The idea of my right hon. Friend the Deputy Prime Minister giving the wrong impression is, of course, a contradiction in terms. He did not do so. Moreover, the fact is that the Government are funding the concessionary bus scheme at half the level of bus fares, and we mean to go further.

Amendments Nos. 187 and 188 make our proposals for the statutory minimum standard scheme more generous, and will make it more widely available to those who can least afford to travel. The amendments propose that the travel pass for the half-fare scheme on local buses will be free of charge instead of having a maximum charge of £5, as in our original proposal. We estimate that an extra 2.2 million pensioners will benefit from the change. The extra cost is estimated at £14 million, and that sum will be added to the revenue support grant available to local authorities on the same basis as the cost of the original half-fare proposal. That constructive change shows our continued commitment to an inclusive society and to making travel opportunities more widely available. I commend it to the House.

Mr. Jenkin

I was expecting an intervention from the hon. Member for West Bromwich, East (Mr. Snape), accusing the Minister of cheap populism. It would have been churlish for him to do so, but it would suggest that there may be a double standard. He accused the Liberal Democrats of cheap populism; usually they are guilty of extravagant populism. The populism of the Government is a good deal more economical than that of the Liberal Democrats.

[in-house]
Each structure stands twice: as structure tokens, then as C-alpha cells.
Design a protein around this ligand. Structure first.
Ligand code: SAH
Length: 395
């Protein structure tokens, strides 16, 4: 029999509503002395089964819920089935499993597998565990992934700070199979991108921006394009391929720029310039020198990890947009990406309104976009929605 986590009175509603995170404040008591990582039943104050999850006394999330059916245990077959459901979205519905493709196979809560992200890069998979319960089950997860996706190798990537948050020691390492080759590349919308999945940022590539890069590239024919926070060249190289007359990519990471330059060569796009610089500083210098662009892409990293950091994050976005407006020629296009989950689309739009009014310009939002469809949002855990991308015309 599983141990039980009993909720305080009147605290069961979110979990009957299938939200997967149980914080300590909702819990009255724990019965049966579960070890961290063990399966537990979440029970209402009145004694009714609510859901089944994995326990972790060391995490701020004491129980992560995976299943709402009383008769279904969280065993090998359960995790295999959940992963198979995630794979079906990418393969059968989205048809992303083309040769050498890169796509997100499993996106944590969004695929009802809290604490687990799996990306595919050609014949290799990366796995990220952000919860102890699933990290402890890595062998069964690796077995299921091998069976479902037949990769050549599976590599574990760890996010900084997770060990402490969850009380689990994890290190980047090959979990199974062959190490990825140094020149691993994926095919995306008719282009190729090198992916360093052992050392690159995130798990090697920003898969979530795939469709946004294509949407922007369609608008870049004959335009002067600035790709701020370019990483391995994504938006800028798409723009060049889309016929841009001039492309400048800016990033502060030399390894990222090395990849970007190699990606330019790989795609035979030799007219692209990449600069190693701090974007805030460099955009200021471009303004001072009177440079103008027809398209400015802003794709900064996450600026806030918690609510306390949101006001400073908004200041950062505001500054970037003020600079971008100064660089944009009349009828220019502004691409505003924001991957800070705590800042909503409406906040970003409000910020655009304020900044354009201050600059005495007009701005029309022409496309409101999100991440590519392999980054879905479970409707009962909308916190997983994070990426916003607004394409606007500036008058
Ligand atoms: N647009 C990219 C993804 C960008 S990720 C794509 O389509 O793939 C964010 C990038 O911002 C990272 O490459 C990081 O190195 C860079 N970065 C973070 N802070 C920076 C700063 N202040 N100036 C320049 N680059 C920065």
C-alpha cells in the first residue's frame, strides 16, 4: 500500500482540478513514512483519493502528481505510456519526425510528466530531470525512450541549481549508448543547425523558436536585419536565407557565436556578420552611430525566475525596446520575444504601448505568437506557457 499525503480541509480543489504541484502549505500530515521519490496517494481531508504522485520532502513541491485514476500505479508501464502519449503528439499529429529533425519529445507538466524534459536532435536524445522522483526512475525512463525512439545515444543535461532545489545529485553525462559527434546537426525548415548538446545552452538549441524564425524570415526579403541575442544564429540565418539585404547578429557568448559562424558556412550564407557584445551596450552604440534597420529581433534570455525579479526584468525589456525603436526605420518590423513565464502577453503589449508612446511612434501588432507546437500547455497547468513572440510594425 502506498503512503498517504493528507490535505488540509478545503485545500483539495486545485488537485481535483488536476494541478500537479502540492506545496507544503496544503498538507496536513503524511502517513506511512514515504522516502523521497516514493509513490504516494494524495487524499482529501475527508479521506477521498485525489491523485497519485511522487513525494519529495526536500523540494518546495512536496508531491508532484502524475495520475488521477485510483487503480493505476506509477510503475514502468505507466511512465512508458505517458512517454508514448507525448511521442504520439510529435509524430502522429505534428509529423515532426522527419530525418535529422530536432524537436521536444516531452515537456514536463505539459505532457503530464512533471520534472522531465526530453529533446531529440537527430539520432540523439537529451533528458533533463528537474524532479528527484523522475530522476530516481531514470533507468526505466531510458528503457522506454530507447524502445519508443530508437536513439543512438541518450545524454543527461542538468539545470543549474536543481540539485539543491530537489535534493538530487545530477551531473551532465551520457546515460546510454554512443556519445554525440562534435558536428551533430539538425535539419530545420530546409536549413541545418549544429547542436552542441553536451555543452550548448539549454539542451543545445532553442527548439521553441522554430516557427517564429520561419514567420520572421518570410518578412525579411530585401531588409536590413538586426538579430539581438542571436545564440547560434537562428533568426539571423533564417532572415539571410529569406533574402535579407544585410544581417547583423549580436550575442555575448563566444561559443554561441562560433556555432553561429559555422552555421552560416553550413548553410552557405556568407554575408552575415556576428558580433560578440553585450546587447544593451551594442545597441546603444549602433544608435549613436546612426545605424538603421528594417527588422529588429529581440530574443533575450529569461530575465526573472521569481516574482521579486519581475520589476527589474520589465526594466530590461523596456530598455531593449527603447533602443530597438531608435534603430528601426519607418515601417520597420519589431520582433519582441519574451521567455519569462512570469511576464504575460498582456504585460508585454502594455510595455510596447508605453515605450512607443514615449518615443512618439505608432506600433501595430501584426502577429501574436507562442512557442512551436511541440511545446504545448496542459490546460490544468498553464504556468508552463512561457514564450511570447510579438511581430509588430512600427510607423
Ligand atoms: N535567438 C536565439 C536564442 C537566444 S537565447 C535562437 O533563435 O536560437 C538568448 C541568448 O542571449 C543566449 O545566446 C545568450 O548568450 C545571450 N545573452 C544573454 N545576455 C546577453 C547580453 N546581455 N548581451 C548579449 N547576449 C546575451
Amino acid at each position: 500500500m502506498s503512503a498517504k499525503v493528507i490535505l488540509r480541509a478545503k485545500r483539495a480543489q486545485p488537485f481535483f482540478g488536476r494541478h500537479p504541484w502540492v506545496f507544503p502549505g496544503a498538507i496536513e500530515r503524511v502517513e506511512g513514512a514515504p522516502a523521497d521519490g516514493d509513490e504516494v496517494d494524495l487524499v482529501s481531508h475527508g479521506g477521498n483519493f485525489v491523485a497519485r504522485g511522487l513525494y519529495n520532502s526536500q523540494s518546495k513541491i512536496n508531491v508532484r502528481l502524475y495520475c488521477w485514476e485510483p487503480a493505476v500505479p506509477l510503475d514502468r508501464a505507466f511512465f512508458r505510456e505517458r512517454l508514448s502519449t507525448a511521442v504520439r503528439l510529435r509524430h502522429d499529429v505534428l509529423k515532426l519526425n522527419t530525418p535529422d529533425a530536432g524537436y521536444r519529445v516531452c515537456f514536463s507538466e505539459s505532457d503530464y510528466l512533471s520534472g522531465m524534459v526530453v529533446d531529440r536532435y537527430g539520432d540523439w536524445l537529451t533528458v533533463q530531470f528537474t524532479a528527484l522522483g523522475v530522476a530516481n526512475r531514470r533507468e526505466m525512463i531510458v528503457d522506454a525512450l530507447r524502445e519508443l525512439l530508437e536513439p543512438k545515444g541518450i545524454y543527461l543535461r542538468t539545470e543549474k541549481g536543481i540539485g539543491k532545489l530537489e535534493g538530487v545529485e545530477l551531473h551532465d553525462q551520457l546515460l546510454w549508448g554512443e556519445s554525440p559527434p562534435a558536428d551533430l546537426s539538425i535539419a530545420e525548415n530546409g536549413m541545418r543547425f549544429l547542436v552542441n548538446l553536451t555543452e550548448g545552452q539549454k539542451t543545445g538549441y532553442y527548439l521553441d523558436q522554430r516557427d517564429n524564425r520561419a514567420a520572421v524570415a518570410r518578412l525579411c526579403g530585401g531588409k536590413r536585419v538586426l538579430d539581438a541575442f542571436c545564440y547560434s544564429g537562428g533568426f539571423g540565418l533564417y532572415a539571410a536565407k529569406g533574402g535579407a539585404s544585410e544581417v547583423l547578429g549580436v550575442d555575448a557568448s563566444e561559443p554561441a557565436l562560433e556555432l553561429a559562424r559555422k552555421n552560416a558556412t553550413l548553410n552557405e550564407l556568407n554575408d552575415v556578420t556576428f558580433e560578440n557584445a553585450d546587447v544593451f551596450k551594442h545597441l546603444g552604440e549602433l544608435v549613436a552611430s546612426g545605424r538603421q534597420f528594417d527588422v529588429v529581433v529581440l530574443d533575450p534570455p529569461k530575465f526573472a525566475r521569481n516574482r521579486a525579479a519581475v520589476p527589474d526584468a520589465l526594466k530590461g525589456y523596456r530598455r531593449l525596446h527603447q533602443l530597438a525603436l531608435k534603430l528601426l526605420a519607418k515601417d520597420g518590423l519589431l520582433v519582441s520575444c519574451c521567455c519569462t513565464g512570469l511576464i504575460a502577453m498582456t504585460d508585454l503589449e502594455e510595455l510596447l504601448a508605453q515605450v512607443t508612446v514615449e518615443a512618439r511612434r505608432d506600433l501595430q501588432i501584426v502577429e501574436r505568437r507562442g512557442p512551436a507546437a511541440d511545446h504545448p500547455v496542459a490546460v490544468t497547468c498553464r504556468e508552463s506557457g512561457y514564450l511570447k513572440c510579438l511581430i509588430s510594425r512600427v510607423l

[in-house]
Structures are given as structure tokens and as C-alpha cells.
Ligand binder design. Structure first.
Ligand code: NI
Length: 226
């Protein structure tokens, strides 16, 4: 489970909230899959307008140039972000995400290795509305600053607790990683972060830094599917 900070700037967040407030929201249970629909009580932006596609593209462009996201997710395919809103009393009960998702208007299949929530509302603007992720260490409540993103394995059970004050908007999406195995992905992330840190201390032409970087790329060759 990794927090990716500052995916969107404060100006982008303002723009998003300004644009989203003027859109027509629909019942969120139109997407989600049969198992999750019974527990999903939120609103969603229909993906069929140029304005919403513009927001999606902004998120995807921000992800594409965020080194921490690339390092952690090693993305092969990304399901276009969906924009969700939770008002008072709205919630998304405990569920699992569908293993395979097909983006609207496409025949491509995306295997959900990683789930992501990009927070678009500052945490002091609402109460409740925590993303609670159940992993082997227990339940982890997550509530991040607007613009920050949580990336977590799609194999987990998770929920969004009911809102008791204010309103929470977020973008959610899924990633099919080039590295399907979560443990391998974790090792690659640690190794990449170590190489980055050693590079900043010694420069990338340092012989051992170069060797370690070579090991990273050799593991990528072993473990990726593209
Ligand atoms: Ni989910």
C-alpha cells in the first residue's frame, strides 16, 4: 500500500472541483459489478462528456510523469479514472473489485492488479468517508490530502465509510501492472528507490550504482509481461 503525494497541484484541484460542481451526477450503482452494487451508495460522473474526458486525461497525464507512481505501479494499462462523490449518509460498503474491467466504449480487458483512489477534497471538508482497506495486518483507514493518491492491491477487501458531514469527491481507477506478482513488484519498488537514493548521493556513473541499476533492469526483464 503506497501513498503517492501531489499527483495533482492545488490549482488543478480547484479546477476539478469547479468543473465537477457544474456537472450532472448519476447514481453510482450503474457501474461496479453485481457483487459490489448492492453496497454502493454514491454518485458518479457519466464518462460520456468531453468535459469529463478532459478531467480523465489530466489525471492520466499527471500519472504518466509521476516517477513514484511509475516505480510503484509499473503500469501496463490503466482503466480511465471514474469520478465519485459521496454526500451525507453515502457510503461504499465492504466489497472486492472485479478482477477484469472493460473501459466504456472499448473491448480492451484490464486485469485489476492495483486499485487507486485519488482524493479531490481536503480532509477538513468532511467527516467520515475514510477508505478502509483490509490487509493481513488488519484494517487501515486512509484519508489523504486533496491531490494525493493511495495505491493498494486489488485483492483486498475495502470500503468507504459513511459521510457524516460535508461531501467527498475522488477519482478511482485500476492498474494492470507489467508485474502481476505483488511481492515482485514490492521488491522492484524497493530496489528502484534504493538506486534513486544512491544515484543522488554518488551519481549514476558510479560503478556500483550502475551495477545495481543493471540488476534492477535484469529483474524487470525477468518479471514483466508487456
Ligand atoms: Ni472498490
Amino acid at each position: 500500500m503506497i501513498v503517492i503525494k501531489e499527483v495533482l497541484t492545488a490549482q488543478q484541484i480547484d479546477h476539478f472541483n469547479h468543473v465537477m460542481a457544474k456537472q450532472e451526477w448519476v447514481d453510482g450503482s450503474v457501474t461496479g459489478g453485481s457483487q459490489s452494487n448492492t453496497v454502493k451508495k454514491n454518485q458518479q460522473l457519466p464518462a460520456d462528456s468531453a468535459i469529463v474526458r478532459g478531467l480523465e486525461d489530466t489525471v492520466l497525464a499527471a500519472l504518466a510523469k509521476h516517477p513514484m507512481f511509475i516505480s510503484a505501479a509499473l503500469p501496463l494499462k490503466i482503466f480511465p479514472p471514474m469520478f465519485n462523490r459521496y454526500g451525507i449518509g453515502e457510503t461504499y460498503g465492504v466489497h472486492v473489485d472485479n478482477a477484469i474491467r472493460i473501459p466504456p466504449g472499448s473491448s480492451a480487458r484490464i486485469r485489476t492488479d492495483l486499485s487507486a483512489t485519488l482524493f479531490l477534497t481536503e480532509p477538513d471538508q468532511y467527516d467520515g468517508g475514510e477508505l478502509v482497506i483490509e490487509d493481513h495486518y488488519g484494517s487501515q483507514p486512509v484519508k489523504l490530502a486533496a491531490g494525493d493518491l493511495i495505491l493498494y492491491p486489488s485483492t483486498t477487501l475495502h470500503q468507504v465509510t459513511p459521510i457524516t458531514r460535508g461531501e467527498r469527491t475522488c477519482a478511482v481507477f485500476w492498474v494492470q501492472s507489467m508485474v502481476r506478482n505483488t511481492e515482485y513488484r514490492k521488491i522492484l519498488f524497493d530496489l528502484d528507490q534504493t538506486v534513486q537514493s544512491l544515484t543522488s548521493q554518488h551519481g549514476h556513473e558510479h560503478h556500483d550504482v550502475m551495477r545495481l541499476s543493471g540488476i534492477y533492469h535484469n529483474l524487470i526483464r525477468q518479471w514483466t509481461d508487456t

The proposal provides for an alternative to the travel concession authorities scheme if it is a scheme that is provided by way of section 93 of the Transport Act 1985. It does not provide for an alternative that is provided by some other means. If somebody is receiving a discretionary travel concession by some other means, the proposal does not provide an exclusion. I wonder whether the Minister could explain that—perhaps at another time. I beg to ask leave to withdraw the amendment.

Amendment, by leave, withdrawn.